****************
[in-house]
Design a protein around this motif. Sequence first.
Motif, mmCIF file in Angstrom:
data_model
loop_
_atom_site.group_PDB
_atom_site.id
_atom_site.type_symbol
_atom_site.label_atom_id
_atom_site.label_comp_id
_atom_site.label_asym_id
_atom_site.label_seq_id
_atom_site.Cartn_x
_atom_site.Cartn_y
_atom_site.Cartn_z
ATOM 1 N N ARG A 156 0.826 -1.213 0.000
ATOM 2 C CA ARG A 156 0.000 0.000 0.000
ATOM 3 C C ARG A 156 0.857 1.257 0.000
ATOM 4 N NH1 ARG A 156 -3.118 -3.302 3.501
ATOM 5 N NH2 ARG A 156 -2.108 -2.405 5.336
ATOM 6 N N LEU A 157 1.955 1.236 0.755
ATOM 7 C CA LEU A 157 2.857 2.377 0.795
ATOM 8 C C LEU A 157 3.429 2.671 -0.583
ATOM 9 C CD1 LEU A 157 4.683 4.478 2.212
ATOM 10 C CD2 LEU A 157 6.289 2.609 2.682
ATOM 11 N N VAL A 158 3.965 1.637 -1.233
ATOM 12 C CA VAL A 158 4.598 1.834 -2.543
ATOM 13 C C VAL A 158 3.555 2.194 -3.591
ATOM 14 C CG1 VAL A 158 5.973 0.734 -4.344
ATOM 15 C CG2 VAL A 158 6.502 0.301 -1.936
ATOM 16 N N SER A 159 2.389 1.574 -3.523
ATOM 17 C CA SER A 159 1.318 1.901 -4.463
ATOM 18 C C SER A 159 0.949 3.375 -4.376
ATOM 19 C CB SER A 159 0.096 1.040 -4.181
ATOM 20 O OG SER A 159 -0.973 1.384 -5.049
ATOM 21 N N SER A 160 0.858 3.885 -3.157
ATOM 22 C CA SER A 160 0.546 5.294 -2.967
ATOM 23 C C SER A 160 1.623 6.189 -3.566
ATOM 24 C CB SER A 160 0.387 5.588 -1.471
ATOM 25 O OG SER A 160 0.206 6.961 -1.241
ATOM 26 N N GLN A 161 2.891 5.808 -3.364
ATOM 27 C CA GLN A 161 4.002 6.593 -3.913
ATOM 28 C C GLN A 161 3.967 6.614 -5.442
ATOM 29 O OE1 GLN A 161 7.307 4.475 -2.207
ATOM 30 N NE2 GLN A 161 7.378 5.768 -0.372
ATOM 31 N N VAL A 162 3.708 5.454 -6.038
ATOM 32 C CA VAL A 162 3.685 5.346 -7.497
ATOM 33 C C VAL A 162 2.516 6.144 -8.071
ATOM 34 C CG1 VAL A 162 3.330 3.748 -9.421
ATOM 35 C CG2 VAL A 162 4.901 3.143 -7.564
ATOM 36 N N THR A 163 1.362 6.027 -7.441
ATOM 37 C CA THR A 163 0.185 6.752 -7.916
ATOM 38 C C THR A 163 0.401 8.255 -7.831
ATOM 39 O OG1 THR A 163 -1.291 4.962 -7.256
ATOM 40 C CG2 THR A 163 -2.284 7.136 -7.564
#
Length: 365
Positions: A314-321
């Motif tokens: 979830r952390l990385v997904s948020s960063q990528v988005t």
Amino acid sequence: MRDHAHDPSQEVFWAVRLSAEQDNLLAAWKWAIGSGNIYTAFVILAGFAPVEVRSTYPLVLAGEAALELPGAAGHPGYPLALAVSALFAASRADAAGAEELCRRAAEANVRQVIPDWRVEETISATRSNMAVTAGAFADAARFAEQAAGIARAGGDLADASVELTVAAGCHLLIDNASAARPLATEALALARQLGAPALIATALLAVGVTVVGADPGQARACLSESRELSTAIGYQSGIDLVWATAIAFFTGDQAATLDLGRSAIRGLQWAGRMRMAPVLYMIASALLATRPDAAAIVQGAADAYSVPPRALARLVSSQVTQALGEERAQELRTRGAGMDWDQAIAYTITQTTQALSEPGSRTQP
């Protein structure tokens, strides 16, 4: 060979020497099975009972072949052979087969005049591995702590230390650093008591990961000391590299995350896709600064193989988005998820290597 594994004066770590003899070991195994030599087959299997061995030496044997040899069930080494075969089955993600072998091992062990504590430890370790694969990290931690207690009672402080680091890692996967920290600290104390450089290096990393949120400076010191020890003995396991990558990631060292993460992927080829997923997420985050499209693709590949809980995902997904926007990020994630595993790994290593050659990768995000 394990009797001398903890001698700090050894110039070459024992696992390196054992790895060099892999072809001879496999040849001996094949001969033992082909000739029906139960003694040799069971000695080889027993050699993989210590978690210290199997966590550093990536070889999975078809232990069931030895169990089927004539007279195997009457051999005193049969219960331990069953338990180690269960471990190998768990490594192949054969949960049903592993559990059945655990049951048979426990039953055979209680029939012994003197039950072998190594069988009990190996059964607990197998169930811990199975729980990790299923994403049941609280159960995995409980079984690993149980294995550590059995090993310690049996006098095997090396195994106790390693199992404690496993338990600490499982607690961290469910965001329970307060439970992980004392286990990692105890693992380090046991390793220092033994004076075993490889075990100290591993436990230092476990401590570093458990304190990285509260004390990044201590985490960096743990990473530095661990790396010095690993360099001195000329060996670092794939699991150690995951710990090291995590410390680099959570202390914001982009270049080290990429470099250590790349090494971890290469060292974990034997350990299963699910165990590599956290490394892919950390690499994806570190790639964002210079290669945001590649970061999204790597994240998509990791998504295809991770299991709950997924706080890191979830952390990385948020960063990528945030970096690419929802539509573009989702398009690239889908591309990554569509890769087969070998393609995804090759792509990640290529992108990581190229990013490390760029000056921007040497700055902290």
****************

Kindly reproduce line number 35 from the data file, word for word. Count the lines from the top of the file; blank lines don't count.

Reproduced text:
ATOM 20 O OG SER A 159 -0.973 1.384 -5.049